People tend to remember public figures by virtue of the last prominent thing that they did. Before he ran for office, the last thing that happened to Rick Santorum was he was defeated for the Senate, and prior to his defeat in the Senate he had endorsed Arlen Specter over Pat Toomey, and this did not sit well with Republican conservative primary voters who did not like Specter at all, but that was what Santorum had to do. You’re a sitting member of the party, a combatant is running for reelection, it’s part of the protocol of the business. But people said, “We don’t want standard operating procedure. We want mavericks,” and this kind of thing.

I didn’t hold it against him. I understood that’s what he’s doing, but a lot of people, that’s the last memory, so he’s got that to overcome. Then he’s got the presumed nominee status of Romney to overcome. He’s got the name recognition status of Romney and Gingrich to overcome. There are a lot of real-life factors that weigh into this that have nothing to do with him. It has to do with Romney, you know, this is his second go round running for president, he’s a sitting governor, former governor of Massachusetts, Newt, Speaker of the House. These people all have prominent name recognition. So Santorum and Bachmann both had to do something to overcome that in all of these debates and stand out, get noticed somehow, and that’s always a crapshoot. You need so many things to fall right.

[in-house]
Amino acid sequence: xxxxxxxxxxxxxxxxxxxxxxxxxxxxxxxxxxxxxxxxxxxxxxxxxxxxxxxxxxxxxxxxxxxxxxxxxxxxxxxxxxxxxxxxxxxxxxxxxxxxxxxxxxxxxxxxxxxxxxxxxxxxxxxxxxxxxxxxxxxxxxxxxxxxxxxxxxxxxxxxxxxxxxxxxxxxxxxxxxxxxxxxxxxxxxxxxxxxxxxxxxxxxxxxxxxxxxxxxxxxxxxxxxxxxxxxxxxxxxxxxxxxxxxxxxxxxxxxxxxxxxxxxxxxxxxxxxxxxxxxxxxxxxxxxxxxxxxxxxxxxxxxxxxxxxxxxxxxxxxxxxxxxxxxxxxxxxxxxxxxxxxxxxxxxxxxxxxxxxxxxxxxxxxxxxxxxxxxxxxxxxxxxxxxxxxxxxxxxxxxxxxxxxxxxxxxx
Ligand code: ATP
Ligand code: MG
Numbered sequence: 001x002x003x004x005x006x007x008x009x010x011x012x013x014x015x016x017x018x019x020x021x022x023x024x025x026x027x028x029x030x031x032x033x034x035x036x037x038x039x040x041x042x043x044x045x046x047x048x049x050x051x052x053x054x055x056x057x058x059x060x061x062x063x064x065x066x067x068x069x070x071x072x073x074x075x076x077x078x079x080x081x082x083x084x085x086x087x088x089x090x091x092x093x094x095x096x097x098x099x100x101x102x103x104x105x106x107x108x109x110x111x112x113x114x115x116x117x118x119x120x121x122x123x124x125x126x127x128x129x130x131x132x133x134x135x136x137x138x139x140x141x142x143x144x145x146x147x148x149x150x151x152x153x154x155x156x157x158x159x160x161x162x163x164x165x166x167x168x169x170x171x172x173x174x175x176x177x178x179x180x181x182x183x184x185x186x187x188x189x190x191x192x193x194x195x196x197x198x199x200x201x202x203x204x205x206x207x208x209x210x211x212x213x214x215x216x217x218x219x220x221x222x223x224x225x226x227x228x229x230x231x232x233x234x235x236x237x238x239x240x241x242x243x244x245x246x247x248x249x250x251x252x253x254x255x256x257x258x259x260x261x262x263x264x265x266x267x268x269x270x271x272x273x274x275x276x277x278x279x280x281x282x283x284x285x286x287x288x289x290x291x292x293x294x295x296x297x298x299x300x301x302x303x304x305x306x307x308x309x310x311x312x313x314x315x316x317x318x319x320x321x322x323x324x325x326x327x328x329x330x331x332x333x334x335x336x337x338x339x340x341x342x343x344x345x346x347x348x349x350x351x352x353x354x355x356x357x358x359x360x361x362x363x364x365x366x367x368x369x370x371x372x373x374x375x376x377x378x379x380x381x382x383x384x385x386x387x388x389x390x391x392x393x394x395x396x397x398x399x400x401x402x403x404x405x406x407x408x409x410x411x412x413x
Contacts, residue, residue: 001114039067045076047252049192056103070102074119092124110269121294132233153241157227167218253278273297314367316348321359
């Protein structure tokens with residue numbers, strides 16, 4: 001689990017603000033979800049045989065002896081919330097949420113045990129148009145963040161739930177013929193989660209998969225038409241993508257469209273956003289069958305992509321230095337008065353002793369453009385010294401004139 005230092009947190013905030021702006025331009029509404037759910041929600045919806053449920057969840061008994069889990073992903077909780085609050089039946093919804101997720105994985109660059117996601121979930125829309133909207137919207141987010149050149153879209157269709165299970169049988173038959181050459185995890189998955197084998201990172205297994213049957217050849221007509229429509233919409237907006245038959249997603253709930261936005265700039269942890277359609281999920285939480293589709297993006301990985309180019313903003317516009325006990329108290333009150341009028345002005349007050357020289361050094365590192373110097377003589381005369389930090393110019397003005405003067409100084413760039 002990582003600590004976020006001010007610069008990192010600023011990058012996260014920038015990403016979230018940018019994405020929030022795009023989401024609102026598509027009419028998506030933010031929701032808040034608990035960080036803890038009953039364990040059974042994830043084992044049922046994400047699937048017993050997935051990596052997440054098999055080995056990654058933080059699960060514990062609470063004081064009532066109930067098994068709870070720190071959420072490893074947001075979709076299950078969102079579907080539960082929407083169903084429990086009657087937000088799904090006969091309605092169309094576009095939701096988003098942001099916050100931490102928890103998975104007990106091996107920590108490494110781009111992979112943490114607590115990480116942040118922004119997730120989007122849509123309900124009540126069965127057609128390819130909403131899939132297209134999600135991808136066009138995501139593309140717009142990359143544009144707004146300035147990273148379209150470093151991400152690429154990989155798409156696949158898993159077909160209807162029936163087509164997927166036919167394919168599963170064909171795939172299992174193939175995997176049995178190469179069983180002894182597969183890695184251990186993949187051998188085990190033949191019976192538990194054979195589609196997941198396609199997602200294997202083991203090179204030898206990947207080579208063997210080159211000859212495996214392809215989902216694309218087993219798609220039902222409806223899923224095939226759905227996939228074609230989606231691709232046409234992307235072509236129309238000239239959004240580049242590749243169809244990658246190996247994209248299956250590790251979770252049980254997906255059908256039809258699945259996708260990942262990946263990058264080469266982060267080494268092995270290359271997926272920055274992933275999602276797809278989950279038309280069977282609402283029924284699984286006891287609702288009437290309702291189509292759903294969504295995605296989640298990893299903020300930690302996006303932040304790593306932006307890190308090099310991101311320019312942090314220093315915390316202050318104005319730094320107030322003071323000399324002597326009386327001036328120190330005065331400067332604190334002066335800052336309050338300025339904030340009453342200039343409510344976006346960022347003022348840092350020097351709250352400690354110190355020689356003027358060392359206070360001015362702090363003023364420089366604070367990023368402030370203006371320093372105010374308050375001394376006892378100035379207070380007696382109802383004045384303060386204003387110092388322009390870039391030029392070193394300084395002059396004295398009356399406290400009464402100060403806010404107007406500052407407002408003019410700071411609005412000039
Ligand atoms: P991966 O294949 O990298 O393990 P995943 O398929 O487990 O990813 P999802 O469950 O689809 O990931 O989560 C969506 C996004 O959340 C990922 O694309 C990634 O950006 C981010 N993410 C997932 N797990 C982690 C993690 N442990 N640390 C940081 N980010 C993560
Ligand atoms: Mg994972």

If he runs for president again he’s gonna be that much ahead of the game the next time around if he does it. This is his first time. But on the substance and the issues and the policy, there’s one thing I know about Santorum, and I look at the endgame of this. The campaign is one thing and the troubles that people have, but I know that if Rick Santorum were elected president, I wouldn’t have one doubt any day what he would be fighting for, not one. And it would be great if he could get there. I totally agree with you about that.

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